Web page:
The 5 bones in your hand that go from your wrist to your thumb and fingers are called the metacarpal bones.
You have a fracture (break) in one or more of these bones. This is called a hand (or metacarpal) fracture. Some hand fractures require wearing a splint or a cast, and some need to be repaired with surgery.
Your fracture may be:
If you have a bad break, you may be referred to a bone doctor (orthopedic surgeon). You may need surgery to insert pins and braces to repair the fracture.
You will likely have to wear a splint. The splint will cover part of your fingers and both sides of your hand and wrist. Most people wear a splint for about 3 weeks.
Most fractures heal well. After healing, your knuckle may look different or your finger may move in a different way when you close your hand.
Some fractures may require surgery. You will likely be referred to a bone doctor (orthopaedic surgeon) if
You may have pain and swelling for 1 or 2 weeks.To reduce this:
For pain relief, you can use ibuprofen (Advil, Motrin), naproxen (Aleve, Naprosyn), aspirin, or acetaminophen (Tylenol). You can buy these pain medicines without a prescription.
Follow the instructions about your splint that your health care provider gave you. Your provider will tell you when you can:
Keep your splint or cast dry.
You will likely have a follow-up exam 1 - 3 weeks after your injury. For severe fractures, you may need physical therapy after your splint or cast is removed.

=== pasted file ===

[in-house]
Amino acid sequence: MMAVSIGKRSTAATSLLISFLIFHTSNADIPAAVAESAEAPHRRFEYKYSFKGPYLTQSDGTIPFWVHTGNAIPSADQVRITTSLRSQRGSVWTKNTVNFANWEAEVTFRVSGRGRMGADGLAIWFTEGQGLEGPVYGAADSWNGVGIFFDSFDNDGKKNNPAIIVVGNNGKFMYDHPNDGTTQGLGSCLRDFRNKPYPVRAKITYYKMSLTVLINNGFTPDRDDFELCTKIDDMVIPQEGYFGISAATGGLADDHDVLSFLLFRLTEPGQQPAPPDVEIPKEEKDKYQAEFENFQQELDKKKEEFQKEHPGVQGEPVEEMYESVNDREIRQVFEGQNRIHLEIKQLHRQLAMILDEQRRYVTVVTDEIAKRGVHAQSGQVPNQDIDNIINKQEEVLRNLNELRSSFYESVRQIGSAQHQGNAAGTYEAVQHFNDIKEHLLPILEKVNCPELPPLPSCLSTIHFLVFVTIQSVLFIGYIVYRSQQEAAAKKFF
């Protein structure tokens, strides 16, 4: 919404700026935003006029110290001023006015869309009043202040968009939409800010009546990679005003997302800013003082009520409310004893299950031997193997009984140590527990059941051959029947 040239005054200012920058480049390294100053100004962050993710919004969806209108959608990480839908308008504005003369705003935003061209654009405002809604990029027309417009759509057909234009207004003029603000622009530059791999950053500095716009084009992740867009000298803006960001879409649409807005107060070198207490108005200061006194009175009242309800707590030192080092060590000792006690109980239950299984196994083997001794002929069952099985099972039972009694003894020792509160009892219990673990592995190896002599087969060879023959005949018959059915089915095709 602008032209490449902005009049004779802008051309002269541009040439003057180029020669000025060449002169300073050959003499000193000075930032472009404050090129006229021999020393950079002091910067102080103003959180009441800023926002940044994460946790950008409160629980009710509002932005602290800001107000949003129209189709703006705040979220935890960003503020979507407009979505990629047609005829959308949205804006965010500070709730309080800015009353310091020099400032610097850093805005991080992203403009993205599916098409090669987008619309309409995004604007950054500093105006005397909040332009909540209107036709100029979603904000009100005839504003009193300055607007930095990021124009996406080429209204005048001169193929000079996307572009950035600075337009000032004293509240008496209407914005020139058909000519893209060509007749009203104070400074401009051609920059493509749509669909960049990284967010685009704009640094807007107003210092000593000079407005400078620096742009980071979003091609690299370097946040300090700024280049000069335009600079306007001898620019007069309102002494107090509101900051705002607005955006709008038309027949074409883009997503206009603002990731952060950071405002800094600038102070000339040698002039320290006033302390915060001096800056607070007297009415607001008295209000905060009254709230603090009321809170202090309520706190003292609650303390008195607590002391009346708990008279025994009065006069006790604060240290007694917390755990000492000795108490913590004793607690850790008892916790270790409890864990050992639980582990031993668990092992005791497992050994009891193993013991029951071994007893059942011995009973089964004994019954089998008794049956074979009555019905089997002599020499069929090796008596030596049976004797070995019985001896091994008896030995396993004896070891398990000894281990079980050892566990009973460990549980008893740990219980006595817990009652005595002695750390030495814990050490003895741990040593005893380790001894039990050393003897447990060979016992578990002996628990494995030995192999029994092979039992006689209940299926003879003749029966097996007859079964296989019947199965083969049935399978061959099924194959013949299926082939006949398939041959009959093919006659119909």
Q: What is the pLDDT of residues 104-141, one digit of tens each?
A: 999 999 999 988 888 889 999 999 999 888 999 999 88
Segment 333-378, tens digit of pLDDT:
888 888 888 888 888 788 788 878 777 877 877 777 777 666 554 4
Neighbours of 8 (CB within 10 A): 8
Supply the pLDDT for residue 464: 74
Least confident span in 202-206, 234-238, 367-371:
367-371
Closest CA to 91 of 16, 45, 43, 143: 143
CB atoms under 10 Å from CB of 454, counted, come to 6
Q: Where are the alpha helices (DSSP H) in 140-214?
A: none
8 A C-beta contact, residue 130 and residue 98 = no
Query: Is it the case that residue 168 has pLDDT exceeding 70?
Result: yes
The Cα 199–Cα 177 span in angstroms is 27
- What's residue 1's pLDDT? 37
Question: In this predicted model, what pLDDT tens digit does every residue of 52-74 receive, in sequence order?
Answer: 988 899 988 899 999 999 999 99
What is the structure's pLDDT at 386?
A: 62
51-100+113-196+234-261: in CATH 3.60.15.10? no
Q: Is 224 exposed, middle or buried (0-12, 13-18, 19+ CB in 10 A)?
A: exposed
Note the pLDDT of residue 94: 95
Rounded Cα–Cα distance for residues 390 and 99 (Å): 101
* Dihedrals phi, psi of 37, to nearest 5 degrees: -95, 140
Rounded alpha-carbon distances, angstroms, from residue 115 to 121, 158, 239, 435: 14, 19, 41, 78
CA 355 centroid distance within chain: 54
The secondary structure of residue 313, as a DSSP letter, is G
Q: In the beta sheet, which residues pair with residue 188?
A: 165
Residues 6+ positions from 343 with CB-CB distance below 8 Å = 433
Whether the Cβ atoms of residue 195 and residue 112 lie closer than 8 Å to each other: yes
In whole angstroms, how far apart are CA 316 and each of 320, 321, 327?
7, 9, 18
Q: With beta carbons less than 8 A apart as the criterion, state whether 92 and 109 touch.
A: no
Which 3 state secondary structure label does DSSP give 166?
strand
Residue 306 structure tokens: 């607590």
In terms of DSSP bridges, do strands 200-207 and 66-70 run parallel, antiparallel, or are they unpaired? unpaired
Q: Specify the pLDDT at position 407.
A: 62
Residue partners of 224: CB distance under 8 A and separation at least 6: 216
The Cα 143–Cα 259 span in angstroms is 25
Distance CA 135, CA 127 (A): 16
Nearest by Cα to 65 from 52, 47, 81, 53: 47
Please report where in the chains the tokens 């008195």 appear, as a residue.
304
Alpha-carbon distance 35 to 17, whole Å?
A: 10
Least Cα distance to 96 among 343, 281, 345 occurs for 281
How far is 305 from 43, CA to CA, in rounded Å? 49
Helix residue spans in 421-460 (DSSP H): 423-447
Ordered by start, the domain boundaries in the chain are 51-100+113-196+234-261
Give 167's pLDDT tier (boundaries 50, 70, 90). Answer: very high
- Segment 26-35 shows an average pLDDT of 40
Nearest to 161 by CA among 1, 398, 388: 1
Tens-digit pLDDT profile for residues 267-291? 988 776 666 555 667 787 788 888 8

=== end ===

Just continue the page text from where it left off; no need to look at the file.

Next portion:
You can usually return to work or sports activities about 6 - 8 weeks after the fracture. Your health care provider or therapist will advise you.
Call your health care provider if your hand is:
Also call your health care provider if your cast is broken down or it is putting pressure on your skin.
Boxer’s fracture; Metacarpal fracture
Webb CW. Metacarpal fractures. In: Eiff MP, Hatch RL, eds. Fracture Management for Primary Care. 3rd ed. Philadelphia, Pa: Saunders Elsevier; 2011:chap 4.
Updated by: C. Benjamin Ma, MD, Assistant Professor, Chief, Sports Medicine and Shoulder Service, UCSF Department of Orthopaedic Surgery. Also reviewed by David Zieve, MD, MHA, Medical Director, A.D.A.M. Health Solutions, Ebix, Inc
The information provided herein should not be used during any medical emergency or for the diagnosis or treatment of any medical condition. A licensed physician should be consulted for diagnosis and treatment of any and all medical conditions. Call 911 for all medical emergencies. Links to other sites are provided for information only -- they do not constitute endorsements of those other sites. Copyright 1997-2013, A.D.A.M., Inc. Duplication for commercial use must be authorized in writing by ADAM Health Solutions.